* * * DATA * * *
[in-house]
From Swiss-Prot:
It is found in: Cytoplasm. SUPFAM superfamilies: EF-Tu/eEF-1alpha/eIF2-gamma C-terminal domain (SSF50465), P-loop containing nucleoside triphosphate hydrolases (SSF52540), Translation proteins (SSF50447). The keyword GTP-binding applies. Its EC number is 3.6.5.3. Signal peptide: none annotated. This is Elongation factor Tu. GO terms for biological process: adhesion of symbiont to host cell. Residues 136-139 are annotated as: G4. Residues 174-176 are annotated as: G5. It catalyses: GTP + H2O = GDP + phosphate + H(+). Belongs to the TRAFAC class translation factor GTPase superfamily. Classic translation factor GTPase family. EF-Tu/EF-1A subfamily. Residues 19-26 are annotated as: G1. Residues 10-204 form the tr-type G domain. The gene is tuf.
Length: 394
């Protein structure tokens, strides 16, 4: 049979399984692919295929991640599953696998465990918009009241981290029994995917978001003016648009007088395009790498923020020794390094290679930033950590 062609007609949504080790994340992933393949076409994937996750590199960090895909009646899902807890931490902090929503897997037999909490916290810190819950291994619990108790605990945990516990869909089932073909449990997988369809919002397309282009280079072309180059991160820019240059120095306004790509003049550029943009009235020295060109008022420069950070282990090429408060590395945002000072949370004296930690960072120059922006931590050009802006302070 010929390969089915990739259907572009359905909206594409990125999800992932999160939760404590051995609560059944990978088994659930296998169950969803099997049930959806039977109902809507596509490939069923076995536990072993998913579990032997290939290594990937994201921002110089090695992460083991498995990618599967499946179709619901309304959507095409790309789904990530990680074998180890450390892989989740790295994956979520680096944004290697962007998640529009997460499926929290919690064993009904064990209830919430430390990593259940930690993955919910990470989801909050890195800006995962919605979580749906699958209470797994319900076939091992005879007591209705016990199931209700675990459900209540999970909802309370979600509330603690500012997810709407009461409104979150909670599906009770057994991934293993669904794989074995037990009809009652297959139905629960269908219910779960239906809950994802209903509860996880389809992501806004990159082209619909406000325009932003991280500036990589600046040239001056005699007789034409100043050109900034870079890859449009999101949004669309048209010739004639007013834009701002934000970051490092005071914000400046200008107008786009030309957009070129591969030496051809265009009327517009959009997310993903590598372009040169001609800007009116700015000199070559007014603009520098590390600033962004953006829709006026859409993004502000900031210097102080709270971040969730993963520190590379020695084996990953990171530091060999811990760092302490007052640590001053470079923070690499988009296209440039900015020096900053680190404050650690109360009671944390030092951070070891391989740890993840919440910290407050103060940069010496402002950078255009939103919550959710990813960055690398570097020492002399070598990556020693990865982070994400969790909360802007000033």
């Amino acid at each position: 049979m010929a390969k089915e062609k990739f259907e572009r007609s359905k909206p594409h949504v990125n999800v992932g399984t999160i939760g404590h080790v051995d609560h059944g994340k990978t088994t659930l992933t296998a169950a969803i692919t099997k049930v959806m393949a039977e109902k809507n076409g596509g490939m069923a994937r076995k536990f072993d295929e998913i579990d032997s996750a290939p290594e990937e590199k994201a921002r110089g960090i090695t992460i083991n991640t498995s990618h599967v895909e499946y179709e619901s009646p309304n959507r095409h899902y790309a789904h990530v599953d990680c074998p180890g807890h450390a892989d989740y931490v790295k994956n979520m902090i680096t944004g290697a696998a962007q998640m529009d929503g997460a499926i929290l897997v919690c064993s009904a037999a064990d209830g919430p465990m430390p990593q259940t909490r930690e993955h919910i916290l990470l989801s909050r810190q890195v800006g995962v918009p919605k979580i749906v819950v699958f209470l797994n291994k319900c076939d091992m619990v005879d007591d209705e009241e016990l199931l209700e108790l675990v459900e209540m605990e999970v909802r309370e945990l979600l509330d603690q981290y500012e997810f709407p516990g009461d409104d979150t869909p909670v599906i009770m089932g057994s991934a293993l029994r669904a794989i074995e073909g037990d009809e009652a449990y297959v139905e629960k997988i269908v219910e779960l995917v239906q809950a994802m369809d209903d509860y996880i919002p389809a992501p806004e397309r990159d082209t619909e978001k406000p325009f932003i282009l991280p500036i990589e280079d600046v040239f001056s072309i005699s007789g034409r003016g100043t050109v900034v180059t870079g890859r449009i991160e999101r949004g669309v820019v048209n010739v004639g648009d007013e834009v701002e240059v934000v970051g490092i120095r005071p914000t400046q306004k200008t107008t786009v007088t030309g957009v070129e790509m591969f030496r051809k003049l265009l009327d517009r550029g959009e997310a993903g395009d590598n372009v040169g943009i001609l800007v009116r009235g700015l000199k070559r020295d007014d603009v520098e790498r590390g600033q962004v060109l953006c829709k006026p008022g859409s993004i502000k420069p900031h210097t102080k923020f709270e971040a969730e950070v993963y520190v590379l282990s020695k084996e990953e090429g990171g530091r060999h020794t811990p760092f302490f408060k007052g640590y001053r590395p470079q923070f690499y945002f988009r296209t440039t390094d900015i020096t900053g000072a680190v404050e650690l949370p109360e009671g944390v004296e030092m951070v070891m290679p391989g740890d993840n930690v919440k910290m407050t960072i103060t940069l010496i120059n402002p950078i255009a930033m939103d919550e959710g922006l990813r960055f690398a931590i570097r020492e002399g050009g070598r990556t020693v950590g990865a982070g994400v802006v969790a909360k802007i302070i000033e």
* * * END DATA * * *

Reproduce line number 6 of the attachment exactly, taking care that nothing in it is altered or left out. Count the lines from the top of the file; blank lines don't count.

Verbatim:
């Amino acid at each position: 049979m010929a390969k089915e062609k990739f259907e572009r007609s359905k909206p594409h949504v990125n999800v992932g399984t999160i939760g404590h080790v051995d609560h059944g994340k990978t088994t659930l992933t296998a169950a969803i692919t099997k049930v959806m393949a039977e109902k809507n076409g596509g490939m069923a994937r076995k536990f072993d295929e998913i579990d032997s996750a290939p290594e990937e590199k994201a921002r110089g960090i090695t992460i083991n991640t498995s990618h599967v895909e499946y179709e619901s009646p309304n959507r095409h899902y790309a789904h990530v599953d990680c074998p180890g807890h450390a892989d989740y931490v790295k994956n979520m902090i680096t944004g290697a696998a962007q998640m529009d929503g997460a499926i929290l897997v919690c064993s009904a037999a064990d209830g919430p465990m430390p990593q259940t909490r930690e993955h919910i916290l990470l989801s909050r810190q890195v800006g995962v918009p919605k979580i749906v819950v699958f209470l797994n291994k319900c076939d091992m619990v005879d007591d209705e009241e016990l199931l209700e108790l675990v459900e209540m605990e999970v909802r309370e945990l979600l509330d603690q981290y500012e997810f709407p516990g009461d409104d979150t869909p909670v599906i009770m089932g057994s991934a293993l029994r669904a794989i074995e073909g037990d009809e009652a449990y297959v139905e629960k997988i269908v219910e779960l995917v239906q809950a994802m369809d209903d509860y996880i919002p389809a992501p806004e397309r990159d082209t619909e978001k406000p325009f932003i282009l991280p500036i990589e280079d600046v040239f001056s072309i005699s007789g034409r003016g100043t050109v900034v180059t870079g890859r449009i991160e999101r949004g669309v820019v048209n010739v004639g648009d007013e834009v701002e240059v934000v970051g490092i120095r005071p914000t400046q306004k200008t107008t786009v007088t030309g957009v070129e790509m591969f030496r051809k003049l265009l009327d517009r550029g959009e997310a993903g395009d590598n372009v040169g943009i001609l800007v009116r009235g700015l000199k070559r020295d007014d603009v520098e790498r590390g600033q962004v060109l953006c829709k006026p008022g859409s993004i502000k420069p900031h210097t102080k923020f709270e971040a969730e950070v993963y520190v590379l282990s020695k084996e990953e090429g990171g530091r060999h020794t811990p760092f302490f408060k007052g640590y001053r590395p470079q923070f690499y945002f988009r296209t440039t390094d900015i020096t900053g000072a680190v404050e650690l949370p109360e009671g944390v004296e030092m951070v070891m290679p391989g740890d993840n930690v919440k910290m407050t960072i103060t940069l010496i120059n402002p950078i255009a930033m939103d919550e959710g922006l990813r960055f690398a931590i570097r020492e002399g050009g070598r990556t020693v950590g990865a982070g994400v802006v969790a909360k802007i302070i000033e």